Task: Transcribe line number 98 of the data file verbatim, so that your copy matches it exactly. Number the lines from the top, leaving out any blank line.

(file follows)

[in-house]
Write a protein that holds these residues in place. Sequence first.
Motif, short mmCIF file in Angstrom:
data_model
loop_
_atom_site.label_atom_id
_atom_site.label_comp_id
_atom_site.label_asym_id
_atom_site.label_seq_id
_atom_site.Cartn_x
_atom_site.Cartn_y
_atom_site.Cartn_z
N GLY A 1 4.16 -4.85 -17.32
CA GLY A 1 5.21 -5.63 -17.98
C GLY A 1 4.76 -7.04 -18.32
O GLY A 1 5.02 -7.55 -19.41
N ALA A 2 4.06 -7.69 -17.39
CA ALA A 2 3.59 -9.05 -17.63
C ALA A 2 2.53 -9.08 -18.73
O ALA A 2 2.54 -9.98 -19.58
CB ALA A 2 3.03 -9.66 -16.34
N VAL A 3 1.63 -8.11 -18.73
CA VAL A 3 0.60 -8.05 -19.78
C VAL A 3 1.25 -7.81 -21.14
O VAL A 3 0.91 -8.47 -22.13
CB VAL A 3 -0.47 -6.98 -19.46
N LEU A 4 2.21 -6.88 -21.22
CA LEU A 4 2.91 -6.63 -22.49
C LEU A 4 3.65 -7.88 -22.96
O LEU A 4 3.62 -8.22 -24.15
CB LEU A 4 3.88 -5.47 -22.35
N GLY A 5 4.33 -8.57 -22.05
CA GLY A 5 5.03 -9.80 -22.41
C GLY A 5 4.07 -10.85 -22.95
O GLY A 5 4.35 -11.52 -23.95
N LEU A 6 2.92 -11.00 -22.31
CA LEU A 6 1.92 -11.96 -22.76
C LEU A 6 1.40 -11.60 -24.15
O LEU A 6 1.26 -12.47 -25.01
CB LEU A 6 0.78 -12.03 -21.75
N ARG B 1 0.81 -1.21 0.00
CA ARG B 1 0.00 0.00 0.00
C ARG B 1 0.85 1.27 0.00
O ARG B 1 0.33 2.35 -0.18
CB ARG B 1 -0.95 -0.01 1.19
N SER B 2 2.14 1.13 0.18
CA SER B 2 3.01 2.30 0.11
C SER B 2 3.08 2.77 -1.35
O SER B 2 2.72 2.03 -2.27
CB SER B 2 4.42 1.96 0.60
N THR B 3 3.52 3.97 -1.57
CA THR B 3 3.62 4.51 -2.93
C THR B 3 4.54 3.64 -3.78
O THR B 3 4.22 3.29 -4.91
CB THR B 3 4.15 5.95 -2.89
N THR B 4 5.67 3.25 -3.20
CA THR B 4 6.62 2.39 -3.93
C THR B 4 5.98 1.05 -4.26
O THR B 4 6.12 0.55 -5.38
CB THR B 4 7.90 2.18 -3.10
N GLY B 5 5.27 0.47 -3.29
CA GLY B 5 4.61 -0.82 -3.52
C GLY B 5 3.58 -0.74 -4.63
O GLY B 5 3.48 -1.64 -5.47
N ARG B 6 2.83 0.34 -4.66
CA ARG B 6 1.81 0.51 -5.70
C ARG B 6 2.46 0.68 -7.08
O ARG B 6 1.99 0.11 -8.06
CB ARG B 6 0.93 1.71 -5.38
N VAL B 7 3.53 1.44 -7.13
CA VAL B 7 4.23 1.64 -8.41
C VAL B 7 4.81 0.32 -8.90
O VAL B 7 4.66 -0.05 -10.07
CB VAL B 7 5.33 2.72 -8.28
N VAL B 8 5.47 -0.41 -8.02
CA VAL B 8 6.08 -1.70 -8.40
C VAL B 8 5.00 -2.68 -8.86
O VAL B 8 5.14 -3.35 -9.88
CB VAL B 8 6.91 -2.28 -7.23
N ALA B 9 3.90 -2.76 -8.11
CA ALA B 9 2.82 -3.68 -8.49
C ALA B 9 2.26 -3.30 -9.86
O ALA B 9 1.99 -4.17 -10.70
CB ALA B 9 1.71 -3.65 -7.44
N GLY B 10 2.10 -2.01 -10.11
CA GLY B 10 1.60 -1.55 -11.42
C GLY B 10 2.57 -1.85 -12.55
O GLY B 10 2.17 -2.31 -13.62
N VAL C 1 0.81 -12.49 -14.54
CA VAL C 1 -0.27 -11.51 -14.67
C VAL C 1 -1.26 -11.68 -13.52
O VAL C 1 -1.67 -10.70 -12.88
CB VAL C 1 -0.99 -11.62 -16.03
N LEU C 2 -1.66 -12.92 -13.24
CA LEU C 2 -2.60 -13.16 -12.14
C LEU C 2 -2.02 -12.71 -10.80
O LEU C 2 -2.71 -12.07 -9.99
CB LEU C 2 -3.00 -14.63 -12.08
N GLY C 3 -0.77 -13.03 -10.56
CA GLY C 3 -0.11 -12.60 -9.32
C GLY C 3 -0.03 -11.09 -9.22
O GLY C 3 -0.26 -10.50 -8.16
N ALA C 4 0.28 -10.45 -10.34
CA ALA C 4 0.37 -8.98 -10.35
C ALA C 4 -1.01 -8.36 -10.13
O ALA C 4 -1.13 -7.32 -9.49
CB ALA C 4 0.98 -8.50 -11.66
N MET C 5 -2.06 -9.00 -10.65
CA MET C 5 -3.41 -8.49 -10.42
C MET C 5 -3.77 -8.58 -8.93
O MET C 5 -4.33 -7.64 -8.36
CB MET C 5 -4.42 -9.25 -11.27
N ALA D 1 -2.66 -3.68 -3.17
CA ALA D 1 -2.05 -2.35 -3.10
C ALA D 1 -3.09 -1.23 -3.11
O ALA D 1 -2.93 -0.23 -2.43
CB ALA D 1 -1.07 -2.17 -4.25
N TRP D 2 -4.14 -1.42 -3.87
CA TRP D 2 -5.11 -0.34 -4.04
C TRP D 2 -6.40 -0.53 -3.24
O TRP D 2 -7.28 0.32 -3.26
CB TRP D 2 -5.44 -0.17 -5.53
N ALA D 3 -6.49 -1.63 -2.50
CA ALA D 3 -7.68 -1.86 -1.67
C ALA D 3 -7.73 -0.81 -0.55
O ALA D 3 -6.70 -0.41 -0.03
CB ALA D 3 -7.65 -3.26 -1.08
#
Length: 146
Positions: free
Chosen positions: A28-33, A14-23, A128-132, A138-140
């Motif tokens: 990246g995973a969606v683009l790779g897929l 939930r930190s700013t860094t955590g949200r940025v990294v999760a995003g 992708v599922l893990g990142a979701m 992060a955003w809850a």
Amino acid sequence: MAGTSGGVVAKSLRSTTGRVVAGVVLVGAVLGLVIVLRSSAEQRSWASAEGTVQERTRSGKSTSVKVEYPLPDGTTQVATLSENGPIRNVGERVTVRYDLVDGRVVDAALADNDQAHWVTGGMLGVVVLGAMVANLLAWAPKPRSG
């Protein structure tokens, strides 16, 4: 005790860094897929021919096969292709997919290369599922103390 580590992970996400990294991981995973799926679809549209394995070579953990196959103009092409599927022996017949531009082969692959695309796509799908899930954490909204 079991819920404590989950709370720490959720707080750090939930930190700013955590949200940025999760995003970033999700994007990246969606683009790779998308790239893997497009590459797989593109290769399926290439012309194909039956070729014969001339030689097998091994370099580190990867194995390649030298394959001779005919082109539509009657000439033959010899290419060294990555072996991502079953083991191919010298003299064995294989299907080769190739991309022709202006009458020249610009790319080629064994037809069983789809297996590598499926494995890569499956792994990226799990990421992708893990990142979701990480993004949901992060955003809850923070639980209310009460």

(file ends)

CB LEU C 2 -3.00 -14.63 -12.08